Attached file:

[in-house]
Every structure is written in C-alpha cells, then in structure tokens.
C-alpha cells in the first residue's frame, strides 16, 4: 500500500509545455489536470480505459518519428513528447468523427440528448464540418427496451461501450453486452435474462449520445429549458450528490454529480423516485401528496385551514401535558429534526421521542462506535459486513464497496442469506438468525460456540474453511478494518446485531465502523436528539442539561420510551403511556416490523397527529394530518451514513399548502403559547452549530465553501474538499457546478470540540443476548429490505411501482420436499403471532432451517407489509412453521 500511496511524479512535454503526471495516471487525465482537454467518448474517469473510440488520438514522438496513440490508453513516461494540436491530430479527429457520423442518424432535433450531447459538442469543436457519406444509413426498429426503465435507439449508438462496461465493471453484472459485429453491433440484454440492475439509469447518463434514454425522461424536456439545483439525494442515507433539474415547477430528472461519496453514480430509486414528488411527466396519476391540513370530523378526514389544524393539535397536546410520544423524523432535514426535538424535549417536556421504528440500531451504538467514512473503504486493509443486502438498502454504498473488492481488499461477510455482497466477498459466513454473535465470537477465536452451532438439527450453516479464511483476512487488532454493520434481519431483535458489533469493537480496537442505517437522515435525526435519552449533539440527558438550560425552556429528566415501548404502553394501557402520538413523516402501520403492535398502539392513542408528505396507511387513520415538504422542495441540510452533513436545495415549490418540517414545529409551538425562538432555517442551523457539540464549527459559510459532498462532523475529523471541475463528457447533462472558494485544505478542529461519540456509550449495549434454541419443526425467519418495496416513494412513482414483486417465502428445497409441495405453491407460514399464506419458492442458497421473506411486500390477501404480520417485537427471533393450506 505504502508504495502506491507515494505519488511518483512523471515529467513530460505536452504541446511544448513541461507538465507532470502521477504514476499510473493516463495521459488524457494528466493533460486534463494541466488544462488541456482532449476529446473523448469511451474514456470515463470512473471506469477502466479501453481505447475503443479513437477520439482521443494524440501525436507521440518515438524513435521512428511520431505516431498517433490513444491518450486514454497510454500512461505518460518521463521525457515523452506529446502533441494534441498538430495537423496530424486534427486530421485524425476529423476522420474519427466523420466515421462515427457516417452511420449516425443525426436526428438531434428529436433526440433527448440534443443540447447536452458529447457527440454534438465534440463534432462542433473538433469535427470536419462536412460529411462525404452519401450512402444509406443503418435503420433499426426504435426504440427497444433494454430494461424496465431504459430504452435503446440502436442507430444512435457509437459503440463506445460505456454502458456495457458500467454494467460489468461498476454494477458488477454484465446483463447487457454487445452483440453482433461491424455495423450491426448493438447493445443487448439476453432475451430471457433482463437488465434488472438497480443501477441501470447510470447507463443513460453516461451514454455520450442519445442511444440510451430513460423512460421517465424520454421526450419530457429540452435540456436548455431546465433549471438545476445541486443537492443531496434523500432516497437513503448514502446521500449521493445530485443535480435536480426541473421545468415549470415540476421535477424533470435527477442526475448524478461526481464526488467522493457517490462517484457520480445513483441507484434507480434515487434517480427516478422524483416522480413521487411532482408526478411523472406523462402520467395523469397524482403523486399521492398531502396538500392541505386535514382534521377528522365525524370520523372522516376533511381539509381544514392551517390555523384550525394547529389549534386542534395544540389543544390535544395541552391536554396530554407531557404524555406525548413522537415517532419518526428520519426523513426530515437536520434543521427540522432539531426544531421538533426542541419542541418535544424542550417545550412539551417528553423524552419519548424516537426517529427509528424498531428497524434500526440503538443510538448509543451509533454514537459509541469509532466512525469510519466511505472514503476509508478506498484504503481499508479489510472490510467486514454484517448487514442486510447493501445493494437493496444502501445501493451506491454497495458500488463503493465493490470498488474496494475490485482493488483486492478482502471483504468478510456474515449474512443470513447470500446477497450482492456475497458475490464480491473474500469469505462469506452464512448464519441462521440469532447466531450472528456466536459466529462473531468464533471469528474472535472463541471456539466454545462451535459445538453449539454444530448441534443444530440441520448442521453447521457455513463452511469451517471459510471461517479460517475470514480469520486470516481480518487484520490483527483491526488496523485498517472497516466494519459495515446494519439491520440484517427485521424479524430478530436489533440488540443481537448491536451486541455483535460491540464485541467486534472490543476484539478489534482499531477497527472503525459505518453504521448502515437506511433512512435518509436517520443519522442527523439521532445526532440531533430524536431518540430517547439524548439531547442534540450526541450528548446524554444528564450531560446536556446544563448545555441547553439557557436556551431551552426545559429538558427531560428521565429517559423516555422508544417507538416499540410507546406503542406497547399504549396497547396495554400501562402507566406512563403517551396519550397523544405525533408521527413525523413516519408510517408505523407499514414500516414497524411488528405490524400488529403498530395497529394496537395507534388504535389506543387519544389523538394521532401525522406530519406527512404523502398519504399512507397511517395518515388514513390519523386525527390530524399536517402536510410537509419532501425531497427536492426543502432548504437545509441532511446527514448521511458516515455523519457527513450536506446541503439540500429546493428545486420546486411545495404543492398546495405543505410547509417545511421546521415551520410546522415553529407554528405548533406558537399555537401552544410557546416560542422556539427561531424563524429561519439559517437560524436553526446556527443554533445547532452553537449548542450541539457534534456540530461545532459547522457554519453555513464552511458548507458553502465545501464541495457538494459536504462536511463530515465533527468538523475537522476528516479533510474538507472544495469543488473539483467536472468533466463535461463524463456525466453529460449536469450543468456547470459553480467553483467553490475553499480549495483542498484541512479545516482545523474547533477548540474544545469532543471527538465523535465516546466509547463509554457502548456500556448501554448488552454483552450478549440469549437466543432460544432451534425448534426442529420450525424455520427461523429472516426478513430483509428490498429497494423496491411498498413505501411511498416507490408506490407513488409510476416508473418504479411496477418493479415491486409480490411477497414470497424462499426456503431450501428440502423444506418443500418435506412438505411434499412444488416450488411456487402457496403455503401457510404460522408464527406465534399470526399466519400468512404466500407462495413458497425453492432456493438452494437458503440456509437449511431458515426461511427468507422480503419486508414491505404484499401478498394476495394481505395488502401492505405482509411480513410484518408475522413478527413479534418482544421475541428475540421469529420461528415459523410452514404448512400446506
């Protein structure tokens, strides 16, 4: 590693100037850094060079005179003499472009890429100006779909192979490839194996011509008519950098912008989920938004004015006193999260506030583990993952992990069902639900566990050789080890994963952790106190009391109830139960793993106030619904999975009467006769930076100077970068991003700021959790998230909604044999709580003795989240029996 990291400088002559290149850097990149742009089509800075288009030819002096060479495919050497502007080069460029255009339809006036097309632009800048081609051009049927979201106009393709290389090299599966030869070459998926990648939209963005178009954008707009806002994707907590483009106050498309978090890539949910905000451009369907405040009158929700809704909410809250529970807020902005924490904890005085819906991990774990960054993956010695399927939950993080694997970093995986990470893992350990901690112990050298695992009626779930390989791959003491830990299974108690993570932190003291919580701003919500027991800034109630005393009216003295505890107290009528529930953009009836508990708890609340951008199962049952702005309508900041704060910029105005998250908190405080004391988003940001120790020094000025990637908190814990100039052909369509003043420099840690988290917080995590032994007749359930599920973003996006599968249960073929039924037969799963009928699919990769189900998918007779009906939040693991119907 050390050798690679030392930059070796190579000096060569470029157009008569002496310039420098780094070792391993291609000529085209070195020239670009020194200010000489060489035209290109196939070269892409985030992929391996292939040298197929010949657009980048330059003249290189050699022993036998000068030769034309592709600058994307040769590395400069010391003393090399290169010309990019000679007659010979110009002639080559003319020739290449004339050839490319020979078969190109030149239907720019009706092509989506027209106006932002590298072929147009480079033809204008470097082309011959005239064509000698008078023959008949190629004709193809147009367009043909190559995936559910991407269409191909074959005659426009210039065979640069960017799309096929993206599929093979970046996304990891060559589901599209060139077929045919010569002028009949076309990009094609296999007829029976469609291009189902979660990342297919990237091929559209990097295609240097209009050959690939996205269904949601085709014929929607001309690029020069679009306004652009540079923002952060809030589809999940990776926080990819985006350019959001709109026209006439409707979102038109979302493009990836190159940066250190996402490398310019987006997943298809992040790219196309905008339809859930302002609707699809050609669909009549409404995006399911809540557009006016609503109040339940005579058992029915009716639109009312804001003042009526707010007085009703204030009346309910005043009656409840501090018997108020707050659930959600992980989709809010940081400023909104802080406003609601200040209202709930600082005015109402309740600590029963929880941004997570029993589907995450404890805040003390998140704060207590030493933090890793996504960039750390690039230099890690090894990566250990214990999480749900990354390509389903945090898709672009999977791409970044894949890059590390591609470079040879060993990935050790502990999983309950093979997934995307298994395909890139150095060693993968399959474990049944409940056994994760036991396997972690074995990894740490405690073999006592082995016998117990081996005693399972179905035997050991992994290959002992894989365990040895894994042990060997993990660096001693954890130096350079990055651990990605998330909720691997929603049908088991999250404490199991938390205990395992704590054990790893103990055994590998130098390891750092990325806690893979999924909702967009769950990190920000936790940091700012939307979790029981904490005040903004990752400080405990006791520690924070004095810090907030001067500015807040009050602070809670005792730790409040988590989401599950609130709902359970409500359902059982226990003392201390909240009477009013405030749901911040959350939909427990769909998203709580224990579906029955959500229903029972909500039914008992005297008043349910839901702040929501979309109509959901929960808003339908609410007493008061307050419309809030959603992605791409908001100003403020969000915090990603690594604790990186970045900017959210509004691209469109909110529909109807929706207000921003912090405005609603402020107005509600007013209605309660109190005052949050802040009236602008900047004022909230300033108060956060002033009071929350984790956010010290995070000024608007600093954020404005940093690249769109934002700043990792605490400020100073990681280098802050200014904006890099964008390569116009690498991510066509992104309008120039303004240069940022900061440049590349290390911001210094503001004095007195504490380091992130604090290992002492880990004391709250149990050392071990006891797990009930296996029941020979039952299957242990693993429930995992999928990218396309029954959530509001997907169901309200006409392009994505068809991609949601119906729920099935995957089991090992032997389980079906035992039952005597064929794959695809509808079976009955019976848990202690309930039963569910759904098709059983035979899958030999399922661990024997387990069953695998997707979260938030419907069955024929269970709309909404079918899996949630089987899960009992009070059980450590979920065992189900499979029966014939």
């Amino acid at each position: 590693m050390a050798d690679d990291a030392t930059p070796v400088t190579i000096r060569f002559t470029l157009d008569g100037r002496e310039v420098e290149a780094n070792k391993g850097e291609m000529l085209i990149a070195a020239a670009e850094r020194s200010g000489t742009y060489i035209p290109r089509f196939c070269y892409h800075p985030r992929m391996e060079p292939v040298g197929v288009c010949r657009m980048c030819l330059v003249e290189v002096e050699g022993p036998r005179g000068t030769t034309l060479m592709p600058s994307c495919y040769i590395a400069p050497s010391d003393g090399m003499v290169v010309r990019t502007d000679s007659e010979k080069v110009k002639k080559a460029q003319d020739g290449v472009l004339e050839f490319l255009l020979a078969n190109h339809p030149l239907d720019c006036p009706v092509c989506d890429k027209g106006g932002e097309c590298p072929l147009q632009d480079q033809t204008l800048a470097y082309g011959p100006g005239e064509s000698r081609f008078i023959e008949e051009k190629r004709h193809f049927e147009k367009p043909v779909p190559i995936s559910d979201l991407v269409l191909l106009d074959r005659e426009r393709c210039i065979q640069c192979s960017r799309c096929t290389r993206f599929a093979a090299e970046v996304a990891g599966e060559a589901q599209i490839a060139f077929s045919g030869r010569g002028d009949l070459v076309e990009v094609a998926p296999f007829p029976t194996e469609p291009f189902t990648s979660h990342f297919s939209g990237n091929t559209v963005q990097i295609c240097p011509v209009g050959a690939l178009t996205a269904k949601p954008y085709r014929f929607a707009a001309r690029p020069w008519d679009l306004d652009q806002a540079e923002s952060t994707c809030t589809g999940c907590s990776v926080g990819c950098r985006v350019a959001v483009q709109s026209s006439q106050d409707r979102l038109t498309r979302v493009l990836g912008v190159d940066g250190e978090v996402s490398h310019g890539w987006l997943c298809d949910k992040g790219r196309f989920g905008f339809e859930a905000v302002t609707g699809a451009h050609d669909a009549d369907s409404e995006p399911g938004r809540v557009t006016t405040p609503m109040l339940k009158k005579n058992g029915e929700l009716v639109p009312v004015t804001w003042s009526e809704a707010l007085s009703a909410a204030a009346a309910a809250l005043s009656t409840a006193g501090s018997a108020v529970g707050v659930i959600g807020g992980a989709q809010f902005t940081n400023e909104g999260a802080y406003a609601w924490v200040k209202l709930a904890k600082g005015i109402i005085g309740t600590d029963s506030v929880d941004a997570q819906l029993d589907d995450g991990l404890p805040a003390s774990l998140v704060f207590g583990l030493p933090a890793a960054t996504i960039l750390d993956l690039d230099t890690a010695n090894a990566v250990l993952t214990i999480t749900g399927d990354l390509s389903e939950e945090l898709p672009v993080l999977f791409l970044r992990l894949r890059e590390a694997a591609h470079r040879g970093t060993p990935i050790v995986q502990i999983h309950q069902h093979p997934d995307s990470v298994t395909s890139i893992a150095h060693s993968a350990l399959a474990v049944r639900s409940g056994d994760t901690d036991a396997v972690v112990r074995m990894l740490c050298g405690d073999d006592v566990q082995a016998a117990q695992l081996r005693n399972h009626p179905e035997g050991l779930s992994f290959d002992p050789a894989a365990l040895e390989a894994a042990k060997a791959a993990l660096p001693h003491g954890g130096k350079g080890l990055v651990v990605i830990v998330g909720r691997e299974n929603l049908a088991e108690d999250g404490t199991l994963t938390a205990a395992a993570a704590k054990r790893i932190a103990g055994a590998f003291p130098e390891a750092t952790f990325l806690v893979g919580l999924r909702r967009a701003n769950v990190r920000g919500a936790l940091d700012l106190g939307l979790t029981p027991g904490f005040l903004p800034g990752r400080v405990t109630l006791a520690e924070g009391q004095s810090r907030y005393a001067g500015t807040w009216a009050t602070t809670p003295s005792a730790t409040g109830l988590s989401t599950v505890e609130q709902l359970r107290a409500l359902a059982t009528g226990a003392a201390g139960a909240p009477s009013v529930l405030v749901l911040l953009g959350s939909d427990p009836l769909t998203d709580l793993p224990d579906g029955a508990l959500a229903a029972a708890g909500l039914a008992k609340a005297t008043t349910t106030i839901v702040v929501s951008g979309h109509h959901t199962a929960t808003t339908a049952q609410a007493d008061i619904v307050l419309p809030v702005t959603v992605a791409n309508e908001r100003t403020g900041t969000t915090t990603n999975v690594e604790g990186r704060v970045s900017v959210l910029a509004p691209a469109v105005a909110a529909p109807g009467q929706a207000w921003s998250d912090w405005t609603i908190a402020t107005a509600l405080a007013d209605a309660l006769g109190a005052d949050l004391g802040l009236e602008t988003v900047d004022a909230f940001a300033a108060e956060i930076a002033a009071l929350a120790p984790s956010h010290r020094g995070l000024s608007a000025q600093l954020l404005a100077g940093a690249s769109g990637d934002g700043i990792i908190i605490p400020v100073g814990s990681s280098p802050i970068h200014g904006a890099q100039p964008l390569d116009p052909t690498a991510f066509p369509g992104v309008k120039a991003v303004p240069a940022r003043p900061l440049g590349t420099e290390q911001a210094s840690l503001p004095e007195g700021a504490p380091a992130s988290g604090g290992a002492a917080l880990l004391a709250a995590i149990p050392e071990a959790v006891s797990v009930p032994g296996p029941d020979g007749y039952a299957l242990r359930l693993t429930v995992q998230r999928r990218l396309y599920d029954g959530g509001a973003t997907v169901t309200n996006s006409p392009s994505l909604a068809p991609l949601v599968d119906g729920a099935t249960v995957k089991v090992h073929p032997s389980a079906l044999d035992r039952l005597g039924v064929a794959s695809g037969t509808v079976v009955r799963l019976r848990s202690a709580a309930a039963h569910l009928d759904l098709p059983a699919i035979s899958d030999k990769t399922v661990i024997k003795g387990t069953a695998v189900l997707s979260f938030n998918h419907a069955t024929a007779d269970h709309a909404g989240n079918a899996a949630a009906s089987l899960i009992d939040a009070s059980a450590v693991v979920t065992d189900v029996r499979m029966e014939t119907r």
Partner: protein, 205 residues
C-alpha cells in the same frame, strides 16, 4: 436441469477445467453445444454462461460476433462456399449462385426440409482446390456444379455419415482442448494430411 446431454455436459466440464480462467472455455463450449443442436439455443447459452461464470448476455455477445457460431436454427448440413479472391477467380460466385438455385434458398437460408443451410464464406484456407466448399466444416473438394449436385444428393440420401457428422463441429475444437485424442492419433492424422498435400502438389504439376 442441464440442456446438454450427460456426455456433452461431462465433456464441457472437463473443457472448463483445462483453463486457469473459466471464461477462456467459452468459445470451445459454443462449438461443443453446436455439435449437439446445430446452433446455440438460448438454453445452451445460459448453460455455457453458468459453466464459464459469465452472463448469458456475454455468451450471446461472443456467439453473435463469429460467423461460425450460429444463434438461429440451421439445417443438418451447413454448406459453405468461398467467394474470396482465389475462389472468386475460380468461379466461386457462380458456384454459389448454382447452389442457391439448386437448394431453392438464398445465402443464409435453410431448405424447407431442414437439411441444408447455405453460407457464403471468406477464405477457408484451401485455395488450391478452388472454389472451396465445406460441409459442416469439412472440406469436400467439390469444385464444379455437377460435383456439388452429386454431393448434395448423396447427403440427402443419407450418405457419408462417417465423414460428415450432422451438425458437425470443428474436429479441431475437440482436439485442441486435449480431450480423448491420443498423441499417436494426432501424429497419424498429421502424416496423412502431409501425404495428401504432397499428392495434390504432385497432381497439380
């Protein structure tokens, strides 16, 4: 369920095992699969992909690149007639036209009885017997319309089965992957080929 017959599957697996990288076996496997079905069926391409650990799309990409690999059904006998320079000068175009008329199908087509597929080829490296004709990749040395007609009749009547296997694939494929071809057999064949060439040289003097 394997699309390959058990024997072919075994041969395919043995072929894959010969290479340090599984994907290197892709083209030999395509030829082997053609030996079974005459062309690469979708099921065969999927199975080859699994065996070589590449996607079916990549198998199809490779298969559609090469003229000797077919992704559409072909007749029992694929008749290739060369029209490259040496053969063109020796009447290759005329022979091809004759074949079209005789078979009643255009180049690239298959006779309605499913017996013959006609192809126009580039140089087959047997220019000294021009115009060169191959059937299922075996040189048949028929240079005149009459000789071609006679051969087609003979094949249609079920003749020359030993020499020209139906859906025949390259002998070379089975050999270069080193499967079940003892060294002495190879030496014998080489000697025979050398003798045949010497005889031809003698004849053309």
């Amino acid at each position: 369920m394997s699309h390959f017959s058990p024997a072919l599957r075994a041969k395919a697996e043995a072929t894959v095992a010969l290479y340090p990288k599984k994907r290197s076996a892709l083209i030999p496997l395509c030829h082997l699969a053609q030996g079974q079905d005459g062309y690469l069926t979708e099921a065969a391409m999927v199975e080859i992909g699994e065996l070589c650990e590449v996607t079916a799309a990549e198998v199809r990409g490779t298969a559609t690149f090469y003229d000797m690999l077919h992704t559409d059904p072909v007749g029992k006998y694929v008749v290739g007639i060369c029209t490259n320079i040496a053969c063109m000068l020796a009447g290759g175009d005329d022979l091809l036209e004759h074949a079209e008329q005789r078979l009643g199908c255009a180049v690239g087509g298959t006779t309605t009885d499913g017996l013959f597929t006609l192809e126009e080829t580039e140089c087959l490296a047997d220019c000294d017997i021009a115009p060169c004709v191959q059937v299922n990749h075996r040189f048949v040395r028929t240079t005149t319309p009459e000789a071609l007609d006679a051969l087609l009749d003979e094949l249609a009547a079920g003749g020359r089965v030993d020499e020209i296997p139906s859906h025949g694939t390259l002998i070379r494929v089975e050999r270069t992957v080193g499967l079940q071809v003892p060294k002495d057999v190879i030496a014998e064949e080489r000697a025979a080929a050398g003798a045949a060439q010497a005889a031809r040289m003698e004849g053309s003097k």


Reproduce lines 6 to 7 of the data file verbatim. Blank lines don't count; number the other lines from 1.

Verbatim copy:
Partner: protein, 205 residues
C-alpha cells in the same frame, strides 16, 4: 436441469477445467453445444454462461460476433462456399449462385426440409482446390456444379455419415482442448494430411 446431454455436459466440464480462467472455455463450449443442436439455443447459452461464470448476455455477445457460431436454427448440413479472391477467380460466385438455385434458398437460408443451410464464406484456407466448399466444416473438394449436385444428393440420401457428422463441429475444437485424442492419433492424422498435400502438389504439376 442441464440442456446438454450427460456426455456433452461431462465433456464441457472437463473443457472448463483445462483453463486457469473459466471464461477462456467459452468459445470451445459454443462449438461443443453446436455439435449437439446445430446452433446455440438460448438454453445452451445460459448453460455455457453458468459453466464459464459469465452472463448469458456475454455468451450471446461472443456467439453473435463469429460467423461460425450460429444463434438461429440451421439445417443438418451447413454448406459453405468461398467467394474470396482465389475462389472468386475460380468461379466461386457462380458456384454459389448454382447452389442457391439448386437448394431453392438464398445465402443464409435453410431448405424447407431442414437439411441444408447455405453460407457464403471468406477464405477457408484451401485455395488450391478452388472454389472451396465445406460441409459442416469439412472440406469436400467439390469444385464444379455437377460435383456439388452429386454431393448434395448423396447427403440427402443419407450418405457419408462417417465423414460428415450432422451438425458437425470443428474436429479441431475437440482436439485442441486435449480431450480423448491420443498423441499417436494426432501424429497419424498429421502424416496423412502431409501425404495428401504432397499428392495434390504432385497432381497439380